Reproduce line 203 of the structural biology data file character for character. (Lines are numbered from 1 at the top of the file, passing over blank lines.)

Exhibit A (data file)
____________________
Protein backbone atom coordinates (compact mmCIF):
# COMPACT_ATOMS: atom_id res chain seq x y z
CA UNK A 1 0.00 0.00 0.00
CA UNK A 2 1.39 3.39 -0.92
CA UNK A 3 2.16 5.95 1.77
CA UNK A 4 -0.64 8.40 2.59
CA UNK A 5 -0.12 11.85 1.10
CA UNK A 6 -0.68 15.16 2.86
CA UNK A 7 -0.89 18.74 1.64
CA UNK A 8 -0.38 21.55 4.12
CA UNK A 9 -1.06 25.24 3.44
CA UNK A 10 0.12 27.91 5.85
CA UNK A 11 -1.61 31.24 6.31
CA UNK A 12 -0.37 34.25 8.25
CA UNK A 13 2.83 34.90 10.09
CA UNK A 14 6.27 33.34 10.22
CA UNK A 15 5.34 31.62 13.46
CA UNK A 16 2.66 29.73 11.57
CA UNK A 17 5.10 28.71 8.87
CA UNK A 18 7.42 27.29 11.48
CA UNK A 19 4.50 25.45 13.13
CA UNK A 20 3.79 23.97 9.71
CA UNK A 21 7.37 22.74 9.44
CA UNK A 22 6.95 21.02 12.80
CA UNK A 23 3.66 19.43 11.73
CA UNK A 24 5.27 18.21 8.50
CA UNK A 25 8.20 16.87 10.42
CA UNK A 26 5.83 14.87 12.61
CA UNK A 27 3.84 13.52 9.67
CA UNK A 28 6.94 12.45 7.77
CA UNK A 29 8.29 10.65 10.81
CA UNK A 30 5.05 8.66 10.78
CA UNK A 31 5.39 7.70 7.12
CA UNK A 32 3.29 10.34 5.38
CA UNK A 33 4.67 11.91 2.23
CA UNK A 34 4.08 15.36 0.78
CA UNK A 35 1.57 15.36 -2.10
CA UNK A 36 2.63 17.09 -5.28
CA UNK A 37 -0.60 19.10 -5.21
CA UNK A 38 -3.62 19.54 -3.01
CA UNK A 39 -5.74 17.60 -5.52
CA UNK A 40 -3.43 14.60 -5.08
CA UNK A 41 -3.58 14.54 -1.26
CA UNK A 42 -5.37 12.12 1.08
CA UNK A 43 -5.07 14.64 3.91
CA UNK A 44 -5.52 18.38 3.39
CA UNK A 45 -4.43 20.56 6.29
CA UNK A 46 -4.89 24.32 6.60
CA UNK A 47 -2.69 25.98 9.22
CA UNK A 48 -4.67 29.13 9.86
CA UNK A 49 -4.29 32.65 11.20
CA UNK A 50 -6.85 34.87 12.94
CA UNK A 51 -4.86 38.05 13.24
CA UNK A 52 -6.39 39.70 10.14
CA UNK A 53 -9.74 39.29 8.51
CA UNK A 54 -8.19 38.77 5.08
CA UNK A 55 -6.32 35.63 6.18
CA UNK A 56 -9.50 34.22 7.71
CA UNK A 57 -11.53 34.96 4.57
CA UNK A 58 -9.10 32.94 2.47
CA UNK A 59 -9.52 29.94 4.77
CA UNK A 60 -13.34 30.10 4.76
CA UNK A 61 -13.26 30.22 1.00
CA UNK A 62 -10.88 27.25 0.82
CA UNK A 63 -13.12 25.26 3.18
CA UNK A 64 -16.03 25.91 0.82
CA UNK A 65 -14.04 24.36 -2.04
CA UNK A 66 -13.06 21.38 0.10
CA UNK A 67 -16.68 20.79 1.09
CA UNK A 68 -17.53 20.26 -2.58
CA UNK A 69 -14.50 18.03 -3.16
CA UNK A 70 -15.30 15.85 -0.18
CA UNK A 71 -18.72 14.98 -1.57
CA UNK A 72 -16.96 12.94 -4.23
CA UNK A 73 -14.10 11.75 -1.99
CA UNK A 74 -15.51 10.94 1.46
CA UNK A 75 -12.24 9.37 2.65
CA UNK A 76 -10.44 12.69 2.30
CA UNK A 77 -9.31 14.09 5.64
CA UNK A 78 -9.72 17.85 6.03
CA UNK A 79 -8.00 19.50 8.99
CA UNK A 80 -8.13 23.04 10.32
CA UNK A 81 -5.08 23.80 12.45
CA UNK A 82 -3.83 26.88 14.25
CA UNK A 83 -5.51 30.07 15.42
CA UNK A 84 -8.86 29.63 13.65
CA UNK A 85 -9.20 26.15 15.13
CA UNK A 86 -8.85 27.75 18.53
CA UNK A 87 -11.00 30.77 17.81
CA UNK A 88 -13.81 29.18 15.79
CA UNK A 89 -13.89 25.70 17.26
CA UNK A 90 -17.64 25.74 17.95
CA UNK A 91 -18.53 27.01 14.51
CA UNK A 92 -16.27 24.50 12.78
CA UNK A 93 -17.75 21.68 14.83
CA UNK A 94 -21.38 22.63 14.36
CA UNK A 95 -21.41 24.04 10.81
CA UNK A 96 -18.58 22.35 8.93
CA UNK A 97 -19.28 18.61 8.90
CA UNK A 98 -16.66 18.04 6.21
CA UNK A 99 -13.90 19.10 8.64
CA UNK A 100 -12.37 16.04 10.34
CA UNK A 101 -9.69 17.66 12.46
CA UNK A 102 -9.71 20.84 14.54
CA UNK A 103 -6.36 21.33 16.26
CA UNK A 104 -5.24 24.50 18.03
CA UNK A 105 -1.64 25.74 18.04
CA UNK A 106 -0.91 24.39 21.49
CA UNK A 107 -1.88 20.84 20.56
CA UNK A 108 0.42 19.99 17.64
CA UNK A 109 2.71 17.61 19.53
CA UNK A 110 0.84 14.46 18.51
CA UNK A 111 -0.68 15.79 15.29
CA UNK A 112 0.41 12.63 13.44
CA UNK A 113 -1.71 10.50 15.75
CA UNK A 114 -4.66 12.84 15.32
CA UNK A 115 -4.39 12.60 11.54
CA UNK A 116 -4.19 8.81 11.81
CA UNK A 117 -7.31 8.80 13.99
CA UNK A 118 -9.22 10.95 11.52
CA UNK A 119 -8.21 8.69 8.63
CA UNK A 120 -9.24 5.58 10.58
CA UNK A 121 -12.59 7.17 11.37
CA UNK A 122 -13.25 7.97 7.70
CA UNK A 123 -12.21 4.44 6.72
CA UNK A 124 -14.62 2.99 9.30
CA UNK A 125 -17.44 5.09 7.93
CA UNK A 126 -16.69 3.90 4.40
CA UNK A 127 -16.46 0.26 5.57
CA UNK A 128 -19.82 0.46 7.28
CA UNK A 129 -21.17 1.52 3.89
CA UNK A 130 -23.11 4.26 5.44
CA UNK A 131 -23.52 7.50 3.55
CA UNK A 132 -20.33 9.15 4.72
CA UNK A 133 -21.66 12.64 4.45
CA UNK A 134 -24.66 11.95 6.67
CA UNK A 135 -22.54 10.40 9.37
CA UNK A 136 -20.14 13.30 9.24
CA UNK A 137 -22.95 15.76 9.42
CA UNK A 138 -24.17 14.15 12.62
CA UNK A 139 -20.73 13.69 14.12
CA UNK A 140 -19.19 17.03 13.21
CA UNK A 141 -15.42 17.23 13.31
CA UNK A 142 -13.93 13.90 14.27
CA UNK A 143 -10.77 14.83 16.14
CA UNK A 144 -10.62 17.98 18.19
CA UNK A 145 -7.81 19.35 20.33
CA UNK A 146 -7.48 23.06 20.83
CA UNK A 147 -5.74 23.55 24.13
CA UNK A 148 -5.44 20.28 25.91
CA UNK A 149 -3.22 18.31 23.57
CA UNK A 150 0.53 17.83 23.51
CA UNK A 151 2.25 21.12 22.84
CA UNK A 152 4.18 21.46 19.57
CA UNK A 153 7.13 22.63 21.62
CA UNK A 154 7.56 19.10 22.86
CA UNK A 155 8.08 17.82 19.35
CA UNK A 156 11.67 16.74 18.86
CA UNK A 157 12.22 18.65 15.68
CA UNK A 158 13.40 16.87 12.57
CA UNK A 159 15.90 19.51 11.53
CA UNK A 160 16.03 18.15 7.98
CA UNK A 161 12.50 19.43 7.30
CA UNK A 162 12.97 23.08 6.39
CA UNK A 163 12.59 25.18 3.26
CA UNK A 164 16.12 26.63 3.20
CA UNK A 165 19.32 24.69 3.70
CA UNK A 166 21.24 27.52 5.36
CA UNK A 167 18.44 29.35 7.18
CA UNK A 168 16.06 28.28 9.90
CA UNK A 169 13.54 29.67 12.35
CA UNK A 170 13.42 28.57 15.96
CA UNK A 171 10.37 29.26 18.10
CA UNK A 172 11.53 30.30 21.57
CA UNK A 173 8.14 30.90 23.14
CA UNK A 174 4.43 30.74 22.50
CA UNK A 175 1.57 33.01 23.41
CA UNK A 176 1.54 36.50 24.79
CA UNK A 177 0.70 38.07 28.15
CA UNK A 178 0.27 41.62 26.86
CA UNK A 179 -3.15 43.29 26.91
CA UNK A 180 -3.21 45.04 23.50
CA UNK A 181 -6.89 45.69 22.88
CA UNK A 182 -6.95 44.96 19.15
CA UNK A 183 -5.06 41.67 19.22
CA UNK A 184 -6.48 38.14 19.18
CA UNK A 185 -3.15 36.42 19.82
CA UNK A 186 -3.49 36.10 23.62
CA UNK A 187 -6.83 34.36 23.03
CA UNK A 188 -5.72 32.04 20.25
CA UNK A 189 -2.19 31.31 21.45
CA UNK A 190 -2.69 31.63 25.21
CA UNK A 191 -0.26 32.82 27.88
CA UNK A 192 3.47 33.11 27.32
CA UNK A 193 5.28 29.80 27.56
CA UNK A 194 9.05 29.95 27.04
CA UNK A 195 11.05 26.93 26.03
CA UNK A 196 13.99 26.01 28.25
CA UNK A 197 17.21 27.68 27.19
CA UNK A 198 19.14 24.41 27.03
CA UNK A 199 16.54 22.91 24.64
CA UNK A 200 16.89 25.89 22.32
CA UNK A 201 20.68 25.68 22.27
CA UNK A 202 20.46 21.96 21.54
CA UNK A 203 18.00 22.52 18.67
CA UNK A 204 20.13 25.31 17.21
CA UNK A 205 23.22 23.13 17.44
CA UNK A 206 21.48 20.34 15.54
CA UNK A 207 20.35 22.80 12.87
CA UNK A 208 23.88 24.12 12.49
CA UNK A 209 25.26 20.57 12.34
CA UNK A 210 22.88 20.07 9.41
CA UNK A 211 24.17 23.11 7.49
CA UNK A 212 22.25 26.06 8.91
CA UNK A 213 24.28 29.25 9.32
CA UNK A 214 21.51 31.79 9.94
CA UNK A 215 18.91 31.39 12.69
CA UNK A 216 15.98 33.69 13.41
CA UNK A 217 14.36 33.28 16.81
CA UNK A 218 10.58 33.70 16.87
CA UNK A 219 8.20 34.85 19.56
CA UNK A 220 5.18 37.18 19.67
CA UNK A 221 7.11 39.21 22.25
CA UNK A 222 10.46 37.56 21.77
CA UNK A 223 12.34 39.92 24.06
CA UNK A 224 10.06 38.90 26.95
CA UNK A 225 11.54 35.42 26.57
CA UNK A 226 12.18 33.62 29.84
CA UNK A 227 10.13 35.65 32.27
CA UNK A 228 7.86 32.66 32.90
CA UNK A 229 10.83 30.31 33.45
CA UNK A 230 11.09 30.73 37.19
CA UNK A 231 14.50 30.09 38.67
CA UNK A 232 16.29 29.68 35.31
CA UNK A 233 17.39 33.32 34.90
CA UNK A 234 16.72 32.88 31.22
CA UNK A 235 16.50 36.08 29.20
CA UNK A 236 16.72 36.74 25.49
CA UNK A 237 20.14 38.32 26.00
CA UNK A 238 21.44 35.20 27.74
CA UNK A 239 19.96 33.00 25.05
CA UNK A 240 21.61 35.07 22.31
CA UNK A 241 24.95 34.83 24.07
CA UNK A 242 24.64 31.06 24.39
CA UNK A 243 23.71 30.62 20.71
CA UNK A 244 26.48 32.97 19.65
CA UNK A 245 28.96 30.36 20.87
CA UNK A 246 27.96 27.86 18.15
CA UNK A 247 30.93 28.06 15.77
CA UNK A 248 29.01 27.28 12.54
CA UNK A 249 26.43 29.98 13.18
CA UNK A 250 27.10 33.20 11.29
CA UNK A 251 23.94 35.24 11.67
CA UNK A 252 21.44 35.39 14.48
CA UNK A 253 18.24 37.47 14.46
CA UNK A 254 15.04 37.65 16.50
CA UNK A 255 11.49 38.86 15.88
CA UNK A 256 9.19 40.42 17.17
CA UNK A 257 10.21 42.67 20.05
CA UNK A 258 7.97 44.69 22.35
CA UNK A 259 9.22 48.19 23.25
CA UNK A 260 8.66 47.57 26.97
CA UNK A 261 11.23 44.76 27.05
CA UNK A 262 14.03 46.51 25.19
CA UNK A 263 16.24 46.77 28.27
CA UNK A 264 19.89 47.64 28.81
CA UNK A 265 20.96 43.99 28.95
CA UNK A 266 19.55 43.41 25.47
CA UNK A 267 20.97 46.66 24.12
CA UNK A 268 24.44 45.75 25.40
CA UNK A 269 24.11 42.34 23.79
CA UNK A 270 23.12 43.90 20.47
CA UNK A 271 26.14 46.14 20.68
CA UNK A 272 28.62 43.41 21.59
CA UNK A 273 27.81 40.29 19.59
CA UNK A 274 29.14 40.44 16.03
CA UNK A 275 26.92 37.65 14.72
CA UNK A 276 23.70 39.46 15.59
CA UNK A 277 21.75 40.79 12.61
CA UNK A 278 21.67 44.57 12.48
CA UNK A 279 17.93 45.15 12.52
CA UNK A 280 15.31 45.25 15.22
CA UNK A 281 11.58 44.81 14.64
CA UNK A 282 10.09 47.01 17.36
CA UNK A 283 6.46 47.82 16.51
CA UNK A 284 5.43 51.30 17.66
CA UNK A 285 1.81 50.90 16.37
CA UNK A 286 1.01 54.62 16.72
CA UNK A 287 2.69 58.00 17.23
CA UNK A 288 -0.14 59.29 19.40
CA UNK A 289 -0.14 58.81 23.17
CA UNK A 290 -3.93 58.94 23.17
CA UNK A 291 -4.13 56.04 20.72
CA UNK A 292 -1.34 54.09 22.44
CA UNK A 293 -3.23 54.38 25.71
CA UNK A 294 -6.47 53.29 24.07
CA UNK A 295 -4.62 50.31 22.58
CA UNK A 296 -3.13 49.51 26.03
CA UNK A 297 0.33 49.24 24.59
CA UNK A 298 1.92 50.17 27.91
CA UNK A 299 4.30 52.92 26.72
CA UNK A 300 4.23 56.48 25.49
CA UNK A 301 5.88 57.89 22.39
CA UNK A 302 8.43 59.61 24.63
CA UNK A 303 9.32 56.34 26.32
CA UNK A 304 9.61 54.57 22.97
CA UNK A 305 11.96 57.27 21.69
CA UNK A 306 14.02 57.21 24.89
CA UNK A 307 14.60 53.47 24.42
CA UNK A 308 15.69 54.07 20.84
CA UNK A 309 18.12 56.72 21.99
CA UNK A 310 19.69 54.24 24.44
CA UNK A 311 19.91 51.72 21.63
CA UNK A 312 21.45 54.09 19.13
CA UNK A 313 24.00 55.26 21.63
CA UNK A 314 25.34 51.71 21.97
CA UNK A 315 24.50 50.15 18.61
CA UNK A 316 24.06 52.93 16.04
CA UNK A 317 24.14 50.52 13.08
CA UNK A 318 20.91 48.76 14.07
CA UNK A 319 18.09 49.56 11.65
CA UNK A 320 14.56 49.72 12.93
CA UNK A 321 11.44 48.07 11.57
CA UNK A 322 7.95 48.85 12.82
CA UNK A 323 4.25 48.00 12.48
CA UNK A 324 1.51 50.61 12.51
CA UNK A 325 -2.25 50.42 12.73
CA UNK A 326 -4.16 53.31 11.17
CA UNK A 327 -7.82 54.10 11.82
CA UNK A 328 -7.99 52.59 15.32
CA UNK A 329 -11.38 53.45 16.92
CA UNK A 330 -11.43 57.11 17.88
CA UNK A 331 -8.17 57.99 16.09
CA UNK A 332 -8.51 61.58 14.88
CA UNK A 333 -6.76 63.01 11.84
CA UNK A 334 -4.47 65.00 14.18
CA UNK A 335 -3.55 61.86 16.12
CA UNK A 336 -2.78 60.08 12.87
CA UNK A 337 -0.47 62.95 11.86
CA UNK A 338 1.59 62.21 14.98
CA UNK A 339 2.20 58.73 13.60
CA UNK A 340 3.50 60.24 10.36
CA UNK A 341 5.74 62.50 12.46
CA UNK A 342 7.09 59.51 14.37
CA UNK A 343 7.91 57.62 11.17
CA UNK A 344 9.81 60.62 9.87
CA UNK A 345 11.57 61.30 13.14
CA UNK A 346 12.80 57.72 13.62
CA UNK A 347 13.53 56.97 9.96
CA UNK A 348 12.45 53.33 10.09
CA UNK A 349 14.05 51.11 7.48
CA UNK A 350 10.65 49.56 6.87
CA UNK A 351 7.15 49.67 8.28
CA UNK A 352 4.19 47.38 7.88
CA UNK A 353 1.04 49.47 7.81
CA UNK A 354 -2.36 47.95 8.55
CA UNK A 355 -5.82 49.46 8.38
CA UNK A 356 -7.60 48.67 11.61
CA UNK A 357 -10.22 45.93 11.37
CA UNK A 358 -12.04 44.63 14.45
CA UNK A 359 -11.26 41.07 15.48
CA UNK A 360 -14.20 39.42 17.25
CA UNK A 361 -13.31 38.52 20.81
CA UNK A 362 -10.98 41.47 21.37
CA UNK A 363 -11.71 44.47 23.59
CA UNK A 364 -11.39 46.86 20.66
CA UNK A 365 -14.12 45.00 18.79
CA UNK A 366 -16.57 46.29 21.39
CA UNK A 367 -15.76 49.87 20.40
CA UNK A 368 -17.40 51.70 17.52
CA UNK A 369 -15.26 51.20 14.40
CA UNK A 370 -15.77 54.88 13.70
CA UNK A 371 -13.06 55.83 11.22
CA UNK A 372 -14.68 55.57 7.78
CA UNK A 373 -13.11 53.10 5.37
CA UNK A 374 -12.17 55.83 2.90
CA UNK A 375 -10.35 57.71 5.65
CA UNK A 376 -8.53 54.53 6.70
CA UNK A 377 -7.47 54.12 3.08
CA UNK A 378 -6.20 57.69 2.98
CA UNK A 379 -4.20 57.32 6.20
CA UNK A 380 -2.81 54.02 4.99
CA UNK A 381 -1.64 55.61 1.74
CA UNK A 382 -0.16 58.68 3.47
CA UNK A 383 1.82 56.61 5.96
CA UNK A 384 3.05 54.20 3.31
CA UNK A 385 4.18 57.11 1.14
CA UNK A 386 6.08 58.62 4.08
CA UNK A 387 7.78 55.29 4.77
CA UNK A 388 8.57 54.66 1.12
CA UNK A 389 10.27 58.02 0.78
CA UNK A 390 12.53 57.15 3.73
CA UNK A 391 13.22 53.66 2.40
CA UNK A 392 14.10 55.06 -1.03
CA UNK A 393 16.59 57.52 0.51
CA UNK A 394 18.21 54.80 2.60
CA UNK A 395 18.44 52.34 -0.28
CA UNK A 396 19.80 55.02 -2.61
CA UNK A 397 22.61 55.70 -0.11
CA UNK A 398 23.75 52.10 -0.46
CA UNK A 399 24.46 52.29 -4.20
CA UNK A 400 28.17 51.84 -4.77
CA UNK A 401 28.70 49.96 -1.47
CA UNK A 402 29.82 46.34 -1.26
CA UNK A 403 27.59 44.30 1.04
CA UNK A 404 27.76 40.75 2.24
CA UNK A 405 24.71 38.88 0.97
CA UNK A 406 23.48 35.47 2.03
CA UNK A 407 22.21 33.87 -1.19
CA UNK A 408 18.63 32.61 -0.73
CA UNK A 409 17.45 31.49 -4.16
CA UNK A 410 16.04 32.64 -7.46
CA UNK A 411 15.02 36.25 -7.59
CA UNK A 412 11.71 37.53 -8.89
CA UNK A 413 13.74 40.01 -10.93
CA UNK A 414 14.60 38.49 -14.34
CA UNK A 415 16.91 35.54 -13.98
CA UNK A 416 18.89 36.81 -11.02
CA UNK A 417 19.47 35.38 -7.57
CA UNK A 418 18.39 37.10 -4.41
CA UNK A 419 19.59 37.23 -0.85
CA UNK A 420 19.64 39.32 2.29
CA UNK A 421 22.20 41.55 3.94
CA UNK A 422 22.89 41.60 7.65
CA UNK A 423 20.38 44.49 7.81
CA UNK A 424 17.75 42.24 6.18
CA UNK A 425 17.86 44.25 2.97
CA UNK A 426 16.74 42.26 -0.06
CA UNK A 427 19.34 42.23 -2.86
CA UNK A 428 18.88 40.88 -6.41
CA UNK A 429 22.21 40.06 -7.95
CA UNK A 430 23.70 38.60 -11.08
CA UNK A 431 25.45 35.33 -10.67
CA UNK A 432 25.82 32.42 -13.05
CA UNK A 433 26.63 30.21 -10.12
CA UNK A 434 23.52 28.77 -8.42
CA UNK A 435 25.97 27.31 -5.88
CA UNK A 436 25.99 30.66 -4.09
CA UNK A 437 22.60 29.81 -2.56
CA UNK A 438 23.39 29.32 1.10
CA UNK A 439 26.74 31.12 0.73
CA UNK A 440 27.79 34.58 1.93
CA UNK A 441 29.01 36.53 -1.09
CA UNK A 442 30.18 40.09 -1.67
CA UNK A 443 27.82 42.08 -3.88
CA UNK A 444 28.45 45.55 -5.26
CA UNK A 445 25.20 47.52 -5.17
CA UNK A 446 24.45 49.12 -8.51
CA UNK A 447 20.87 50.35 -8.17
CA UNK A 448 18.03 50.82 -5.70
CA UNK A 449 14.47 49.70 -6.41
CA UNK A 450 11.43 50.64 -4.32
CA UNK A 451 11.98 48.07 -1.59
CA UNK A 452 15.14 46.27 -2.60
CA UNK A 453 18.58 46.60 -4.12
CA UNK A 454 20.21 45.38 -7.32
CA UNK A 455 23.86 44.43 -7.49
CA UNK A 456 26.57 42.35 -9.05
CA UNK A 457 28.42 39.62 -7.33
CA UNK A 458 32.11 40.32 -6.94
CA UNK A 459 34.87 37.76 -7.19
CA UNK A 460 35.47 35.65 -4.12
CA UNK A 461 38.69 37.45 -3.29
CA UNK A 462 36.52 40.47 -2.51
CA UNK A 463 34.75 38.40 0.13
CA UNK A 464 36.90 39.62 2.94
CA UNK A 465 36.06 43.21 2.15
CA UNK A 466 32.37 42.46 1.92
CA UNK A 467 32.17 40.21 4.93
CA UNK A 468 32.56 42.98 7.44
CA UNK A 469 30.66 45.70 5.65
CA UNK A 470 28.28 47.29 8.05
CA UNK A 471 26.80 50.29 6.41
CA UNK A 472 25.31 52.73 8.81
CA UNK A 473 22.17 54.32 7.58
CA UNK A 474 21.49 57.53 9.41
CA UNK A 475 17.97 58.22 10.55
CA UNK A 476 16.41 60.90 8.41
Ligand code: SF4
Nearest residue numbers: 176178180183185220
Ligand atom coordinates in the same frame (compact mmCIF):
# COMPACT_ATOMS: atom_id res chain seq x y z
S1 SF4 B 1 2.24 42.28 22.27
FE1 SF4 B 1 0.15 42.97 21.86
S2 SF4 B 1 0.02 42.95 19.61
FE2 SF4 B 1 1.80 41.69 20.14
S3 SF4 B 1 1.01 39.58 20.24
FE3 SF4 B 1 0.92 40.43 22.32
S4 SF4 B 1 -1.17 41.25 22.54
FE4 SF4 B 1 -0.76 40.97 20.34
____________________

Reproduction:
CA UNK A 201 20.68 25.68 22.27